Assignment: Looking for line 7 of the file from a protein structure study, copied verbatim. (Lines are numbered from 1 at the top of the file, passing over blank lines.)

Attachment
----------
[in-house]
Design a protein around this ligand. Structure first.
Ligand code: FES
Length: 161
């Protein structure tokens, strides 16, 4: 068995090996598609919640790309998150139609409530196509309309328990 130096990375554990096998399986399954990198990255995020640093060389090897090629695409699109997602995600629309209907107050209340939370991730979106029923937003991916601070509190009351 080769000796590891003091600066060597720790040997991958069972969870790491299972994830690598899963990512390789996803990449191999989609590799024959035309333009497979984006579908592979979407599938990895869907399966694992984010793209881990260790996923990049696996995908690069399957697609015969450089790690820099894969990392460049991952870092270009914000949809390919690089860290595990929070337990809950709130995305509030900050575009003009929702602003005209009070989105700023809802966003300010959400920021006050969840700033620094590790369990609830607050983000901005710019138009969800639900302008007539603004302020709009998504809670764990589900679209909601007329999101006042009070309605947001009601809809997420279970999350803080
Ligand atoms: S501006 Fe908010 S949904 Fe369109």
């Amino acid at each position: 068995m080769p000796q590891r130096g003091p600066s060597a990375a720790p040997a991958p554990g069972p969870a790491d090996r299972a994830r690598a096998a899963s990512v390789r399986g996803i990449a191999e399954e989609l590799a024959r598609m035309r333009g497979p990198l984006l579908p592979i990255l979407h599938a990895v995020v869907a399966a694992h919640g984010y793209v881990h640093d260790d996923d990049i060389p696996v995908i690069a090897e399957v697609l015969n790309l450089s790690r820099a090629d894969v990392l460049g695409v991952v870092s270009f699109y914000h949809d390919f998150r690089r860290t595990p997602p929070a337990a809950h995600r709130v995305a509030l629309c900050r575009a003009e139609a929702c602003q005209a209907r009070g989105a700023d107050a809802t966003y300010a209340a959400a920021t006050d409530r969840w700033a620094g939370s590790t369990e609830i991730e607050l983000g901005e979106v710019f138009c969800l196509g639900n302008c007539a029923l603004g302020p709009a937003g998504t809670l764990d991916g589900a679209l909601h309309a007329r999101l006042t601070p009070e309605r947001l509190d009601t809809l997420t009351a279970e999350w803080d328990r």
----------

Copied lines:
């Amino acid at each position: 068995m080769p000796q590891r130096g003091p600066s060597a990375a720790p040997a991958p554990g069972p969870a790491d090996r299972a994830r690598a096998a899963s990512v390789r399986g996803i990449a191999e399954e989609l590799a024959r598609m035309r333009g497979p990198l984006l579908p592979i990255l979407h599938a990895v995020v869907a399966a694992h919640g984010y793209v881990h640093d260790d996923d990049i060389p696996v995908i690069a090897e399957v697609l015969n790309l450089s790690r820099a090629d894969v990392l460049g695409v991952v870092s270009f699109y914000h949809d390919f998150r690089r860290t595990p997602p929070a337990a809950h995600r709130v995305a509030l629309c900050r575009a003009e139609a929702c602003q005209a209907r009070g989105a700023d107050a809802t966003y300010a209340a959400a920021t006050d409530r969840w700033a620094g939370s590790t369990e609830i991730e607050l983000g901005e979106v710019f138009c969800l196509g639900n302008c007539a029923l603004g302020p709009a937003g998504t809670l764990d991916g589900a679209l909601h309309a007329r999101l006042t601070p009070e309605r947001l509190d009601t809809l997420t009351a279970e999350w803080d328990r």